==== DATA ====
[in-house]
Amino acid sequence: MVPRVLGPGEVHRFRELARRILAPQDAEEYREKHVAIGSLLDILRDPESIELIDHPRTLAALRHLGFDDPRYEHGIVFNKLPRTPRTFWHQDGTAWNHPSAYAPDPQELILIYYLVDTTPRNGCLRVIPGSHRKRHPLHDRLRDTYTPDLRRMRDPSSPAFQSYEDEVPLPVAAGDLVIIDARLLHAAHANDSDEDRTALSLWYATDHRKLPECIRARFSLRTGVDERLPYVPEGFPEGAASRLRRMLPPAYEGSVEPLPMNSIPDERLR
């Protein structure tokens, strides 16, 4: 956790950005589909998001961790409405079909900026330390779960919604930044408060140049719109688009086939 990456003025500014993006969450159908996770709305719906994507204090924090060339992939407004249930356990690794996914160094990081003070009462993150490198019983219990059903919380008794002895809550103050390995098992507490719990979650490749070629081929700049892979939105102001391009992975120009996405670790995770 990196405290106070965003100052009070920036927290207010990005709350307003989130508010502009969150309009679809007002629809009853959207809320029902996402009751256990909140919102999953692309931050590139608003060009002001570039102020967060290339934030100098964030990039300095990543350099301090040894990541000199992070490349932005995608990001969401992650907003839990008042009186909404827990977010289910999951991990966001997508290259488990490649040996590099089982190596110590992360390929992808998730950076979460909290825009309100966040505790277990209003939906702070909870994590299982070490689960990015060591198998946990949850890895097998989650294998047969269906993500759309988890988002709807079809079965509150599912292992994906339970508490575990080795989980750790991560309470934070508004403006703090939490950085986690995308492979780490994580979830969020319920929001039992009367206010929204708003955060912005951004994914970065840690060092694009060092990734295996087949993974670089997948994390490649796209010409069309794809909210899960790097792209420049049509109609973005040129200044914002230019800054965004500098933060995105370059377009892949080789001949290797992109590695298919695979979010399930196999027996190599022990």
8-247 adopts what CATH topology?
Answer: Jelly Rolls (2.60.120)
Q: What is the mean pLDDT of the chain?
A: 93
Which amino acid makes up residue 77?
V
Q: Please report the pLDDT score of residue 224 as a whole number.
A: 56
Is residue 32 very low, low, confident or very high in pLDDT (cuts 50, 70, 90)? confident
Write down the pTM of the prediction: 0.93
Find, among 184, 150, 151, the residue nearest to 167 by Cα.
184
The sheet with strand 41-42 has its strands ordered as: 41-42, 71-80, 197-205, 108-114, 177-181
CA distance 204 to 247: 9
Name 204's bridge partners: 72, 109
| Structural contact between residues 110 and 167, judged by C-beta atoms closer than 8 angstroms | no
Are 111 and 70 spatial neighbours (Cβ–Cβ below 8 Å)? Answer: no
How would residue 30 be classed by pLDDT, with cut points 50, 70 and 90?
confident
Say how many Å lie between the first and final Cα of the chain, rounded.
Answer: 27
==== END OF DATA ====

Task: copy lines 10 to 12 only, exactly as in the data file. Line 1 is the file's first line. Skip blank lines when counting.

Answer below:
Q: Please report the pLDDT score of residue 224 as a whole number.
A: 56
Is residue 32 very low, low, confident or very high in pLDDT (cuts 50, 70, 90)? confident